An Empirical Analysis of Correlation Between Technostress and Job Satisfaction: A Case of KPK, Pakistan.
Asad Khan, Department of Library and Information Science, University of Peshawar; Hamid Rehman, Department of Library and Information Science, University of Peshawar; Dr. Shafiq-ur-Rehman, Department of Library and Information Science, University of the Punjab Lahore.

Challenges in Technostress Research: Guiding Future Work Emergent Research Forum papers
Stefan Tams, Department of Information Technologies HEC Montréal, QC, Canada

Assessing Technostress Among Open and Distance Learning Practitioners: A Comparative Study.
Jane-Frances Agbu, National Open University of Nigeria

Assessing the Relationship between Technical Affinity, Stress and Notifications on Smartphones.
Tilo Westermann, Quality and Usability Lab, Telekom Innovation Laboratories, TU Berlin; Ina Wechsung, Quality and Usability Lab, Telekom Innovation Laboratories, TU Berlin; Sebastian Moller, Quality and Usability Lab, Telekom Innovation Laboratories, TU Berlin.

Challenges in Technostress Research: Guiding Future Work
Emergent Research Forum papers.
Stefan Tams, Department of Information Technologies HEC Montréal, QC, Canada.

Do Technostress creators influence employee innovation?
Shalini Chandra, Assistant Professor, S P Jain School of Global Management, Singapore; Shirish C. Srivastava, Associate Professor, HEC, Paris, France; Anuragini Shirish, Doctoral Candidate, Telecom Ecole de Management (Institut Mines Télécom), Evry Cedex, France.

Impact of Technostress on Job Satisfaction and Organizational Commitment.
Wei Qiu, Thesis presented for the degree of Master of Management (Management) at Massey University, Auckland, New Zealand.

MyStress: Unobtrusive Smartphone-based Stress Detection.
Gimpel Henner, FIM Research Center, University of Augsburg, Universitaetsstr. 12, 86159 Augsburg, Germany; Regal Christian, FIM Research Center, University of Augsburg, Universitaetsstr. 12, 86159 Augsburg, Germany; Schmidt Marco, FIM Research Center, University of Augsburg, Universitaetsstr. 12, 86159 Augsburg, Germany.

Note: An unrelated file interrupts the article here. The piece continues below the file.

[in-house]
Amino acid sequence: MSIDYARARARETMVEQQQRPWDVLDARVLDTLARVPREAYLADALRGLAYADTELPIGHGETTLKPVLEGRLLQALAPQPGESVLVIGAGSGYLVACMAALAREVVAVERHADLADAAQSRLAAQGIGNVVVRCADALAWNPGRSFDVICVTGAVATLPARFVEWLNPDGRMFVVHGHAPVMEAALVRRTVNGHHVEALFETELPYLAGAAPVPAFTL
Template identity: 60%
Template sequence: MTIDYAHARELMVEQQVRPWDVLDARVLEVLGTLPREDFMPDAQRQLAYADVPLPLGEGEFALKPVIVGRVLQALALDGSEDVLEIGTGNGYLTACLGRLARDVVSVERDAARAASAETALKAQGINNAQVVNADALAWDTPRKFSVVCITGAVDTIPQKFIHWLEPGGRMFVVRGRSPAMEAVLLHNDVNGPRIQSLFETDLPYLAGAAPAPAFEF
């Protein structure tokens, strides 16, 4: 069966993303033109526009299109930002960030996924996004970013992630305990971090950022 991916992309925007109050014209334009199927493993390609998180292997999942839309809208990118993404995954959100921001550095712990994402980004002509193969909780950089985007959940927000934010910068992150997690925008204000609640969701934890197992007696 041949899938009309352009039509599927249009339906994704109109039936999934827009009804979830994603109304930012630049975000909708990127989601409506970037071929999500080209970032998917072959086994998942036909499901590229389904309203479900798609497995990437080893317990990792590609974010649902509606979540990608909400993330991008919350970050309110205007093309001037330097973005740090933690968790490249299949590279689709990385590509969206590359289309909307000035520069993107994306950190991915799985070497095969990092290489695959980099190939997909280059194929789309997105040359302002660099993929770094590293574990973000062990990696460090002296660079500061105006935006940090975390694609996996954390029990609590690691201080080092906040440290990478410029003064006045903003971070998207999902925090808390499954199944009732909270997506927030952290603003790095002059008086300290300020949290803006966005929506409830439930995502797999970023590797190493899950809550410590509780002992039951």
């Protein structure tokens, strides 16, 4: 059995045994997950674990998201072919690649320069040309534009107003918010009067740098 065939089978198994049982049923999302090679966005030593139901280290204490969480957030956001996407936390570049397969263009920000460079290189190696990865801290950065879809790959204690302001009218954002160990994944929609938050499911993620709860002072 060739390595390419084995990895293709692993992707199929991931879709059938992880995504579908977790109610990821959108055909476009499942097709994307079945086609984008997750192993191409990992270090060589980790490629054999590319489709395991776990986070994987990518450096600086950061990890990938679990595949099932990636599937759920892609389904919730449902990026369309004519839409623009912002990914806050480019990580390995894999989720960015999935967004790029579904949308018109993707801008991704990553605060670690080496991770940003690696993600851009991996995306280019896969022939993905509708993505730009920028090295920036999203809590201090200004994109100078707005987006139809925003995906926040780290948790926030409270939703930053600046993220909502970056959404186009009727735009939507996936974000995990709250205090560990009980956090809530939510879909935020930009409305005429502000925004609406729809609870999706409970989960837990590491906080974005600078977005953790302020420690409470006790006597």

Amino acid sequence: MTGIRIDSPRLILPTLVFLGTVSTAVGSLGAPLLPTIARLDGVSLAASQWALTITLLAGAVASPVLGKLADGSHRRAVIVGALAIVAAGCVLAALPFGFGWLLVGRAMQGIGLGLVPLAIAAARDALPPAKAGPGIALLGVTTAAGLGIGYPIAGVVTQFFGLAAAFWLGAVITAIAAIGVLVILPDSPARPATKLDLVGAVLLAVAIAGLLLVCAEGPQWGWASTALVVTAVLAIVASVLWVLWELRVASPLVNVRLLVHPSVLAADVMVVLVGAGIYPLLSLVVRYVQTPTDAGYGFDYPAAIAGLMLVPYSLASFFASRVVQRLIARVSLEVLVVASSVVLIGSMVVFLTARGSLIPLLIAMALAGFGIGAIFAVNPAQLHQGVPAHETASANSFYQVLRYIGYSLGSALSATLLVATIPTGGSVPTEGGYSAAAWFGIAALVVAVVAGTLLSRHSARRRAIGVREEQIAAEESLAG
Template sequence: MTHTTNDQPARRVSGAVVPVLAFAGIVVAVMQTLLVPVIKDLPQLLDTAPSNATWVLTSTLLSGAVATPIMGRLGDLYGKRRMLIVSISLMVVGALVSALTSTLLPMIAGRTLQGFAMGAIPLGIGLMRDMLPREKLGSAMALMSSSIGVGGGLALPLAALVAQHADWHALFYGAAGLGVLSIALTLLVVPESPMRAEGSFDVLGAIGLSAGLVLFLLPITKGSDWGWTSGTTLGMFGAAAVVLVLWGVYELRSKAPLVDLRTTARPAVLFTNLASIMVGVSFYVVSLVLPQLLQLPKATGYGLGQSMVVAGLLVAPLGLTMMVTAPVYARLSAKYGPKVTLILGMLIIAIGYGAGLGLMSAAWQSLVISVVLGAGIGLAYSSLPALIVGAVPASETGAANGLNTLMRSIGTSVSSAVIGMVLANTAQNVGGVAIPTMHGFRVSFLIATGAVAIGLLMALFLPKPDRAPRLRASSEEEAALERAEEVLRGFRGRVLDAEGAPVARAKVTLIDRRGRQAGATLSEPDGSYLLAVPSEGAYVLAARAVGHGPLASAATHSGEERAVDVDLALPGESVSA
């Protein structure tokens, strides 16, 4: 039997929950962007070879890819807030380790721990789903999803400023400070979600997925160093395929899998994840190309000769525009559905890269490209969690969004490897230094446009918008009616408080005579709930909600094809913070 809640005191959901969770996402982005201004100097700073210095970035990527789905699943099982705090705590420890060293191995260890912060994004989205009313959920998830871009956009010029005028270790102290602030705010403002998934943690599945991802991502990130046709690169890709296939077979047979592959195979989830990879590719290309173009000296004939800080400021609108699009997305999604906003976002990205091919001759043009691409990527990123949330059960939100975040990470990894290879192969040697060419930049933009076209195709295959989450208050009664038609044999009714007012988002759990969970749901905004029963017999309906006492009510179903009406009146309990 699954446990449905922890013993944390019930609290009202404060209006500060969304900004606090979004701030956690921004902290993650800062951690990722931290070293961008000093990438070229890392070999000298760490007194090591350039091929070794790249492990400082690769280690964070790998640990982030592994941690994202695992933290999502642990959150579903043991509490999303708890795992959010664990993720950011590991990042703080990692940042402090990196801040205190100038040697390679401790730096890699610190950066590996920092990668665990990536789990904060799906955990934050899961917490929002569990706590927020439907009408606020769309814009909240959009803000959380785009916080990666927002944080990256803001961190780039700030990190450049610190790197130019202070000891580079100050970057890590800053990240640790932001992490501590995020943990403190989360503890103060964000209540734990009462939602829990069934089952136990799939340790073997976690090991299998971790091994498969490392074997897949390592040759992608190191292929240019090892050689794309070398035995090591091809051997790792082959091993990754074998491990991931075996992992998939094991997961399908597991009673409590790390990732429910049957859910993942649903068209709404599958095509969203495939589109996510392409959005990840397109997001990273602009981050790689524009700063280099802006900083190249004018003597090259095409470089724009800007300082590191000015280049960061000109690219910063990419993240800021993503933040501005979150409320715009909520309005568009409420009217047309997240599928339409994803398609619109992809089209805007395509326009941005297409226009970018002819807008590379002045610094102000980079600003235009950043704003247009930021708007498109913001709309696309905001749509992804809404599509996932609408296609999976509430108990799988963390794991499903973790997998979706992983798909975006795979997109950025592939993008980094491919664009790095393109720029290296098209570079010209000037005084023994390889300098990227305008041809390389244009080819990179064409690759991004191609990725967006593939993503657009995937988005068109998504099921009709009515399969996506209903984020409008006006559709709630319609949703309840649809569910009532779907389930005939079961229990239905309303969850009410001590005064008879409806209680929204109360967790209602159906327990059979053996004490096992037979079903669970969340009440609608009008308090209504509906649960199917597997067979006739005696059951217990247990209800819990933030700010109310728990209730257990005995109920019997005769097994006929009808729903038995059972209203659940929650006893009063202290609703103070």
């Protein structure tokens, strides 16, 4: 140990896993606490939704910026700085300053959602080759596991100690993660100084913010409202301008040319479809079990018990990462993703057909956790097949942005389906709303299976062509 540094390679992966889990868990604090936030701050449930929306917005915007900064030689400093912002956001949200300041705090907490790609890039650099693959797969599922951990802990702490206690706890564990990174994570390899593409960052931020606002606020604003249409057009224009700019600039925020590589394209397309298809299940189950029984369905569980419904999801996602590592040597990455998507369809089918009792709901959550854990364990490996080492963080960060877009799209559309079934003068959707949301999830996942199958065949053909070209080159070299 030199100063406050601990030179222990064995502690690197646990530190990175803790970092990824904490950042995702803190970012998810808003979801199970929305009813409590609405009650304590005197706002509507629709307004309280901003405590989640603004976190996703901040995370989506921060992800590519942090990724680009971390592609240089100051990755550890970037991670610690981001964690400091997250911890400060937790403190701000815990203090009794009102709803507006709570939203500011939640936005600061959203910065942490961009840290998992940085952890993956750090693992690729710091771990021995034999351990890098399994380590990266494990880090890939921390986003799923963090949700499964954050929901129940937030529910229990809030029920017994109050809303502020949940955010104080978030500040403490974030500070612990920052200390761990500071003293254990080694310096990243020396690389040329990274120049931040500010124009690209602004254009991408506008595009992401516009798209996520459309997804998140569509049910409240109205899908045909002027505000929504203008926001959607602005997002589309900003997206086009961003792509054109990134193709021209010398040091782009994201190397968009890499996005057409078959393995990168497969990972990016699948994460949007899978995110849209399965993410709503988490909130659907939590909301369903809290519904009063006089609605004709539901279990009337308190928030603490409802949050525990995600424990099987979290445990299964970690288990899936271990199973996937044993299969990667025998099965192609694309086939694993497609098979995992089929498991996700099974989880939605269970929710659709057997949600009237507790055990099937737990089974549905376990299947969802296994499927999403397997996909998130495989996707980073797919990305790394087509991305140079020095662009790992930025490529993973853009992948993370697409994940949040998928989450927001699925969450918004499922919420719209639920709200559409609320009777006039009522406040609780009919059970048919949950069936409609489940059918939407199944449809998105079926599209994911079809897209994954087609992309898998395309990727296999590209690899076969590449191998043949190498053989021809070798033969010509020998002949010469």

Techno-stress among library professionals at the workplace in ICT era: An overview.
Ranjna, Assistant Librarian Department of Anthropology, Panjab University, Chandigarh, India.

Technostress among educator: a revisit of social cognitive perpective
Khairunnisa Harahap and Tri Effiyanti, State University of Medan, Medan, Indonesia.

Technostress and Personality Traits – Are they Associated? Evidence from Indian Bankers.
Dr. Dhiraj Sharma and Tavleen Kaur Gill, School of Management Studies, Punjabi University, Patiala, Punjab, India.

Technostress and Technology Induced State Anxiety: Scale Development and Implications – Research in Progress Paper.
David Agogo, Operations and Information Management Department, University of Massachusetts; Traci J. Hess, Operations and Information Management Department, University of Massachusetts.

Technostress effect on technology acceptance by nurse faculty.
A dissertation submitted in partial fulfillment of the requirements for the degree of Doctorate of Philosophy in Nursing Department of Nursing, Tyler University, Texas.

Technostressors and the Coping Mechanism of Academic Librarians in Davao City, Philippines.
Briccio M. Merced, Jr., University of the Philippines Mindanao, Mintal, Tugbok District, Davao City, Philippines; Merliza T. Franco, University of Mindanao, Davao City, Philippines.

The dimensions of Technostress among academic librarians of universities medical sciences in Mazandaran Province.
Afsaneh Shahrabi, M.A. Student of Knowledge and Information Science, Babol Branch, Islamic Azad University, Mazandaran, Iran; Mitra Ghiasi and Safiyeh Tahmasebi, Department of Knowledge and Information Science, Babol Branch, Islamic Azad University, Mazandaran, Iran.

Theorizing Technostress in Organizations: A Cybernetic Approach.
Thomas Fischer, University of Applied Sciences Upper Austria, Steyr, Austria; René Riedl, University of Linz, Linz, Austria.

Mostra “Lo stress lavoro correlato – Manifesti della sicurezza” promossa da AiFOS

manifesto mostra stress aifos

AiFOS – l’Associazione Italiana Formatori ed Operatori della Sicurezza sul Lavoro – è partner della campagna dell’Agenzia europea per la sicurezza e la salute sul lavoro: “ Insieme per la prevenzione e la gestione dello stress lavoro correlato”, che ha l’obiettivo di migliorare la consapevolezza e la gestione del rischio stress nei luoghi di lavoro.